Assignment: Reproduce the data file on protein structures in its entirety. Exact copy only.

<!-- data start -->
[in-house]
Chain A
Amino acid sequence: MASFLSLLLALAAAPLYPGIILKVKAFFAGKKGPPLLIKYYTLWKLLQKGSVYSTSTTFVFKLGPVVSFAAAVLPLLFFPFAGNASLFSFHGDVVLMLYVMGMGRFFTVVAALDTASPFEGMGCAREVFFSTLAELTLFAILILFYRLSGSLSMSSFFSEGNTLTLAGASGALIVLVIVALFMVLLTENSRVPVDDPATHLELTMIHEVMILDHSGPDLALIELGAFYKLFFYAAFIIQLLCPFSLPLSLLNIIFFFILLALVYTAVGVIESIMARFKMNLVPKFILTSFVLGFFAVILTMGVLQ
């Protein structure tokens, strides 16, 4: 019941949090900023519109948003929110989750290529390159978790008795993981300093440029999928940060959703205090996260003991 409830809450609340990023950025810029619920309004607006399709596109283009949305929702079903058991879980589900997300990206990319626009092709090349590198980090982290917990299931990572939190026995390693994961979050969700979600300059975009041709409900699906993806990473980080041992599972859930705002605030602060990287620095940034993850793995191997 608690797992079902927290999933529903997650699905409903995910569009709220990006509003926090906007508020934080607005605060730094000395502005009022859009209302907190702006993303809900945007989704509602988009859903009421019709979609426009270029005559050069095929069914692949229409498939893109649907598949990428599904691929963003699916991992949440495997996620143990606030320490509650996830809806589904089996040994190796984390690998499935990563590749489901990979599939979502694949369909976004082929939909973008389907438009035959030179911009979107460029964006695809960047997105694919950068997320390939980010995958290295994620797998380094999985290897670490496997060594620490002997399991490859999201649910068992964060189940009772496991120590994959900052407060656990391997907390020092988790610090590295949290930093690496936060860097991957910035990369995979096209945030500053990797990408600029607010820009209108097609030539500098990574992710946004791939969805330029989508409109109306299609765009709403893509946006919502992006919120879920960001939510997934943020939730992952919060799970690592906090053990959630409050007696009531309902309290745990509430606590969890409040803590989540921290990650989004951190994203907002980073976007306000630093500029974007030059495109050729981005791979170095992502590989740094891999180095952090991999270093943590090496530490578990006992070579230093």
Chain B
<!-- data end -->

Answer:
[in-house]
Chain A
Amino acid sequence: MASFLSLLLALAAAPLYPGIILKVKAFFAGKKGPPLLIKYYTLWKLLQKGSVYSTSTTFVFKLGPVVSFAAAVLPLLFFPFAGNASLFSFHGDVVLMLYVMGMGRFFTVVAALDTASPFEGMGCAREVFFSTLAELTLFAILILFYRLSGSLSMSSFFSEGNTLTLAGASGALIVLVIVALFMVLLTENSRVPVDDPATHLELTMIHEVMILDHSGPDLALIELGAFYKLFFYAAFIIQLLCPFSLPLSLLNIIFFFILLALVYTAVGVIESIMARFKMNLVPKFILTSFVLGFFAVILTMGVLQ
């Protein structure tokens, strides 16, 4: 019941949090900023519109948003929110989750290529390159978790008795993981300093440029999928940060959703205090996260003991 409830809450609340990023950025810029619920309004607006399709596109283009949305929702079903058991879980589900997300990206990319626009092709090349590198980090982290917990299931990572939190026995390693994961979050969700979600300059975009041709409900699906993806990473980080041992599972859930705002605030602060990287620095940034993850793995191997 608690797992079902927290999933529903997650699905409903995910569009709220990006509003926090906007508020934080607005605060730094000395502005009022859009209302907190702006993303809900945007989704509602988009859903009421019709979609426009270029005559050069095929069914692949229409498939893109649907598949990428599904691929963003699916991992949440495997996620143990606030320490509650996830809806589904089996040994190796984390690998499935990563590749489901990979599939979502694949369909976004082929939909973008389907438009035959030179911009979107460029964006695809960047997105694919950068997320390939980010995958290295994620797998380094999985290897670490496997060594620490002997399991490859999201649910068992964060189940009772496991120590994959900052407060656990391997907390020092988790610090590295949290930093690496936060860097991957910035990369995979096209945030500053990797990408600029607010820009209108097609030539500098990574992710946004791939969805330029989508409109109306299609765009709403893509946006919502992006919120879920960001939510997934943020939730992952919060799970690592906090053990959630409050007696009531309902309290745990509430606590969890409040803590989540921290990650989004951190994203907002980073976007306000630093500029974007030059495109050729981005791979170095992502590989740094891999180095952090991999270093943590090496530490578990006992070579230093």
Chain B